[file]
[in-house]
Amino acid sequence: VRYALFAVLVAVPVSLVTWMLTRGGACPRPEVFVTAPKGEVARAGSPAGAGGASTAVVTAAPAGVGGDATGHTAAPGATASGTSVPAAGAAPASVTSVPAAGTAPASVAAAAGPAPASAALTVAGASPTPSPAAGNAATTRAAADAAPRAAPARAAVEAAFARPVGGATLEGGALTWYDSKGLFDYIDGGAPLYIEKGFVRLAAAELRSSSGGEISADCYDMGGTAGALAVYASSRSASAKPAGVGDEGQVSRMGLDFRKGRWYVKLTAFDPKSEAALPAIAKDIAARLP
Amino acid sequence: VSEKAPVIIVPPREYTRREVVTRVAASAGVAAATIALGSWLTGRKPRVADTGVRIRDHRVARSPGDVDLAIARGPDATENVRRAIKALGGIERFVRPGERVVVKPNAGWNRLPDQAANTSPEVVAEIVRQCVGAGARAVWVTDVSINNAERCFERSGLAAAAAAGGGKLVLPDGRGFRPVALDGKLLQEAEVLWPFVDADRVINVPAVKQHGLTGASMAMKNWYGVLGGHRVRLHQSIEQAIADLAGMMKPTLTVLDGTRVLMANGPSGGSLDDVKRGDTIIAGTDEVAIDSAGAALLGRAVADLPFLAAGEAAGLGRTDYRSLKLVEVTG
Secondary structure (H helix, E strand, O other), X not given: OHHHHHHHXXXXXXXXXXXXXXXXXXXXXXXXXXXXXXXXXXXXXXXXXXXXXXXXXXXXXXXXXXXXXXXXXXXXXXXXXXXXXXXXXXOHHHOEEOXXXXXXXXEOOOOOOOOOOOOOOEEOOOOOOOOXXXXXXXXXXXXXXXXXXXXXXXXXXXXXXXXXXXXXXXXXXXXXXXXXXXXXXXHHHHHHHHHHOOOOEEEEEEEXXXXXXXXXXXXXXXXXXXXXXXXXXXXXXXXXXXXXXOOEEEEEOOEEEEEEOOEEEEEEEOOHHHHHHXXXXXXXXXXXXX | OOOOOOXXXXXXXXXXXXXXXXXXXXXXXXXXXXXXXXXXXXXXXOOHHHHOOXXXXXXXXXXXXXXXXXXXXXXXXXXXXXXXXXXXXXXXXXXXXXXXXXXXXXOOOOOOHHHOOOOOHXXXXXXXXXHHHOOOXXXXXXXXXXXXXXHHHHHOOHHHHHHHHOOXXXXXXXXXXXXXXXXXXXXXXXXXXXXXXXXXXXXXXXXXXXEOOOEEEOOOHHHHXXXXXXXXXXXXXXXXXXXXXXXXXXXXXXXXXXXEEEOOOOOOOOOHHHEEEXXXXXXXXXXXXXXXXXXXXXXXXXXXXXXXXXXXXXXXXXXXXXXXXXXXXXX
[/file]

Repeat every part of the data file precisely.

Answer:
[in-house]
Amino acid sequence: VRYALFAVLVAVPVSLVTWMLTRGGACPRPEVFVTAPKGEVARAGSPAGAGGASTAVVTAAPAGVGGDATGHTAAPGATASGTSVPAAGAAPASVTSVPAAGTAPASVAAAAGPAPASAALTVAGASPTPSPAAGNAATTRAAADAAPRAAPARAAVEAAFARPVGGATLEGGALTWYDSKGLFDYIDGGAPLYIEKGFVRLAAAELRSSSGGEISADCYDMGGTAGALAVYASSRSASAKPAGVGDEGQVSRMGLDFRKGRWYVKLTAFDPKSEAALPAIAKDIAARLP
Amino acid sequence: VSEKAPVIIVPPREYTRREVVTRVAASAGVAAATIALGSWLTGRKPRVADTGVRIRDHRVARSPGDVDLAIARGPDATENVRRAIKALGGIERFVRPGERVVVKPNAGWNRLPDQAANTSPEVVAEIVRQCVGAGARAVWVTDVSINNAERCFERSGLAAAAAAGGGKLVLPDGRGFRPVALDGKLLQEAEVLWPFVDADRVINVPAVKQHGLTGASMAMKNWYGVLGGHRVRLHQSIEQAIADLAGMMKPTLTVLDGTRVLMANGPSGGSLDDVKRGDTIIAGTDEVAIDSAGAALLGRAVADLPFLAAGEAAGLGRTDYRSLKLVEVTG
Secondary structure (H helix, E strand, O other), X not given: OHHHHHHHXXXXXXXXXXXXXXXXXXXXXXXXXXXXXXXXXXXXXXXXXXXXXXXXXXXXXXXXXXXXXXXXXXXXXXXXXXXXXXXXXXOHHHOEEOXXXXXXXXEOOOOOOOOOOOOOOEEOOOOOOOOXXXXXXXXXXXXXXXXXXXXXXXXXXXXXXXXXXXXXXXXXXXXXXXXXXXXXXXHHHHHHHHHHOOOOEEEEEEEXXXXXXXXXXXXXXXXXXXXXXXXXXXXXXXXXXXXXXOOEEEEEOOEEEEEEOOEEEEEEEOOHHHHHHXXXXXXXXXXXXX | OOOOOOXXXXXXXXXXXXXXXXXXXXXXXXXXXXXXXXXXXXXXXOOHHHHOOXXXXXXXXXXXXXXXXXXXXXXXXXXXXXXXXXXXXXXXXXXXXXXXXXXXXXOOOOOOHHHOOOOOHXXXXXXXXXHHHOOOXXXXXXXXXXXXXXHHHHHOOHHHHHHHHOOXXXXXXXXXXXXXXXXXXXXXXXXXXXXXXXXXXXXXXXXXXXEOOOEEEOOOHHHHXXXXXXXXXXXXXXXXXXXXXXXXXXXXXXXXXXXEEEOOOOOOOOOHHHEEEXXXXXXXXXXXXXXXXXXXXXXXXXXXXXXXXXXXXXXXXXXXXXXXXXXXXXX